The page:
My hobby, and other passion, as an organised crime historian, began whilst I was still a child, many years ago. It was a passion that became a dream which became a goal. Because of the power and beauty of the education I received as a resident in many of our majesty’s detention centres, youth custody centres and prisons, I have achieved that goal, as I will explain.
To be sitting here with evidence is surreal on one hand yet expected on the other of not only why I use and believe in the hashtag ‘#WhatCanBe’ but of also why I bang on about the importance of education. Especially how imperative it is to have excellent education provision in our prisons. Having made that remark, with a figure of 88% of children in custody being excluded from school at some point, a figure that is 42% across the adult prison estate, it is the education system out here that should be at the top of any prison reform campaigners to-do list. In fact, the education system out here, as recent reports suggest, is something that should be a concern for us all. This is a positive blog though, so I’ll move swiftly on.
In the Spring of this year, whilst scrolling through LinkedIn, a certain post caught my eye. It was a post from author Mitzi Szereto. You can read more about Mitzi on her personal website by clicking on this link – https://mitziszereto.com/ – The post was a call out to writers to submit a maximum 7,000 word true-crime story for a third book in a trilogy, so far, of ‘The Best New True Crime Stories:’ and it is with so much pride that I can confirm my story about a true-crime which took place in London in 1980 by two men with monikers such as ‘The Brain’ and ‘The Monk’ will be one story among a number by a mixture of authors included in the third of this excellent true-crime series. ‘The Best New True Crime Stories: Well-Mannered Crooks, Rogues & Criminals’ which is out next year, June 15, 2021. In time for the perfect book to unwind with whilst relaxing in the sun’s warmth. You can pre-order your copy NOW!!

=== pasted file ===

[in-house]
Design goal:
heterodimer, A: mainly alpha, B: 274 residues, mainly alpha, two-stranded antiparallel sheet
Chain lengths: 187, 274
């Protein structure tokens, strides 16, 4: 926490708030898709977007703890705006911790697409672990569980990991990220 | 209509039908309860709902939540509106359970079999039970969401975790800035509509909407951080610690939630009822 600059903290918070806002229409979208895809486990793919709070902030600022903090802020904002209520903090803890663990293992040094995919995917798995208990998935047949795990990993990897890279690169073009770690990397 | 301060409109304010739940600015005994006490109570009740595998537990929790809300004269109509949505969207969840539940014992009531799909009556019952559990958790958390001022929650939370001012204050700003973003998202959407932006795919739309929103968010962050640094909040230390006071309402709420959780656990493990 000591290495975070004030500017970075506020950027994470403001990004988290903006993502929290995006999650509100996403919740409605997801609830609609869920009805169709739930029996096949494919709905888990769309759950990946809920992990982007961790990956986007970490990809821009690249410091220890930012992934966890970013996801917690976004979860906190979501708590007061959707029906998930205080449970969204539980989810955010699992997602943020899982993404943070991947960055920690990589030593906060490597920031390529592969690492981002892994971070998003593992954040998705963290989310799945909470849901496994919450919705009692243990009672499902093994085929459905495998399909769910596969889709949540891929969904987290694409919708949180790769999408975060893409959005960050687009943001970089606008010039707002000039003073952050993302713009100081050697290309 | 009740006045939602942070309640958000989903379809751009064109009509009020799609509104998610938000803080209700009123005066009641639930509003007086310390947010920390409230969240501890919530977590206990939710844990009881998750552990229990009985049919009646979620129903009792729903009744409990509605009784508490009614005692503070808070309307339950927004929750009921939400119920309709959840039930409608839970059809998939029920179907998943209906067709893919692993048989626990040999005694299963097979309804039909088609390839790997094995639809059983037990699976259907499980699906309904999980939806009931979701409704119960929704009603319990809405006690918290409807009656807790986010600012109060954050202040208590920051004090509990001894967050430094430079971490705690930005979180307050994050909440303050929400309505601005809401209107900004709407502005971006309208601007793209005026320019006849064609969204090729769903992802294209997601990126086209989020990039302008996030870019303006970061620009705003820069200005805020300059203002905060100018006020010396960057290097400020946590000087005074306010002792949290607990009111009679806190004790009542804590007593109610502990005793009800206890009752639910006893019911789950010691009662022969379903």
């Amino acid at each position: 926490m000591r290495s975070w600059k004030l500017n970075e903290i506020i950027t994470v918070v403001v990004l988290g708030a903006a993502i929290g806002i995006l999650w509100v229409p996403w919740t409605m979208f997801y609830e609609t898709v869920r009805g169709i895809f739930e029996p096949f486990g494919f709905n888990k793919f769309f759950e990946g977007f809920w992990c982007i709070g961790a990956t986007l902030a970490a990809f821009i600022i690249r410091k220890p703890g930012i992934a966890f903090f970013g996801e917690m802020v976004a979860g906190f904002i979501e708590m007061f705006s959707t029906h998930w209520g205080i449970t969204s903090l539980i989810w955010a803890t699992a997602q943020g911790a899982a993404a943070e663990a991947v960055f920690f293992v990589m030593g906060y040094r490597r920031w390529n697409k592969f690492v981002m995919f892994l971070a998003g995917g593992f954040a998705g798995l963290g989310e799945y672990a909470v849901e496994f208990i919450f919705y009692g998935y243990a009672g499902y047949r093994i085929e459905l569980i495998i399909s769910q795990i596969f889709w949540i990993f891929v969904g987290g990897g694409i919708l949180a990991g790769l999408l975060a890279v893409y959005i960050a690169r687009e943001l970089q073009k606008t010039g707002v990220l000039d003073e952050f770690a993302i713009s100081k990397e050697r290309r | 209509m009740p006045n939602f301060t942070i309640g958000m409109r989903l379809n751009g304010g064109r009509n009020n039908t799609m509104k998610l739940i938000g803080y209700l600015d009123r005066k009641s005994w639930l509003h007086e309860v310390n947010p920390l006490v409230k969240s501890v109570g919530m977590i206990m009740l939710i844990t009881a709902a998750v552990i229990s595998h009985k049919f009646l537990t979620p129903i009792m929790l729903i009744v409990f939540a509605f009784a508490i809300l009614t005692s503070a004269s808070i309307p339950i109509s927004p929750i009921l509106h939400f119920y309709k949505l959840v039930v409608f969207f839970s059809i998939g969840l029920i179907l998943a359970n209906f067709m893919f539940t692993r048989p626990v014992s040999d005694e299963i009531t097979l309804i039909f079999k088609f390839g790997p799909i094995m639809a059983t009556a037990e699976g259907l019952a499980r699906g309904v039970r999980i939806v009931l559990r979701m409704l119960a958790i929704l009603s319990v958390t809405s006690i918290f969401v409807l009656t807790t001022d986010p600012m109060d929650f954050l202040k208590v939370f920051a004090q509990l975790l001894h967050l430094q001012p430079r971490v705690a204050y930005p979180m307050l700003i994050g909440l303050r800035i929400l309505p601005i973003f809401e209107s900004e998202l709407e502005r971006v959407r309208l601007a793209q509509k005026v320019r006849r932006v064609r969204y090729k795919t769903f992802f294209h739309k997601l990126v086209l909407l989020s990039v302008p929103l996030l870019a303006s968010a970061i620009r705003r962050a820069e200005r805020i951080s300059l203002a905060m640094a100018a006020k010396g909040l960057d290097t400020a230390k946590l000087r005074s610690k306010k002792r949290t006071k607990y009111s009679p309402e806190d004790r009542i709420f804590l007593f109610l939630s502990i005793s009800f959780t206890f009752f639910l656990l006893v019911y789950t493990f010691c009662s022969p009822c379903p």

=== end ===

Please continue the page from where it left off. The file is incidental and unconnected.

The two previous published books in the series so far are:
And the second in the series is:
Another couple of messages I’ve been promoting among a variety is that education can make the impossible possible, along with rehabilitation being an attitude. Well, I changed my attitude by utilising the resources I knew were available to me as a prisoner and I reformed my character, I’m still me but a better version of me and it was the power of education that enabled me to change my attitude, to life and everything else belonging to the belief system of the person I once was. Giving back, for me, has never been a choice it was a must.
My advice for anyone can be no better summed up than by my featured image and the following two quotes: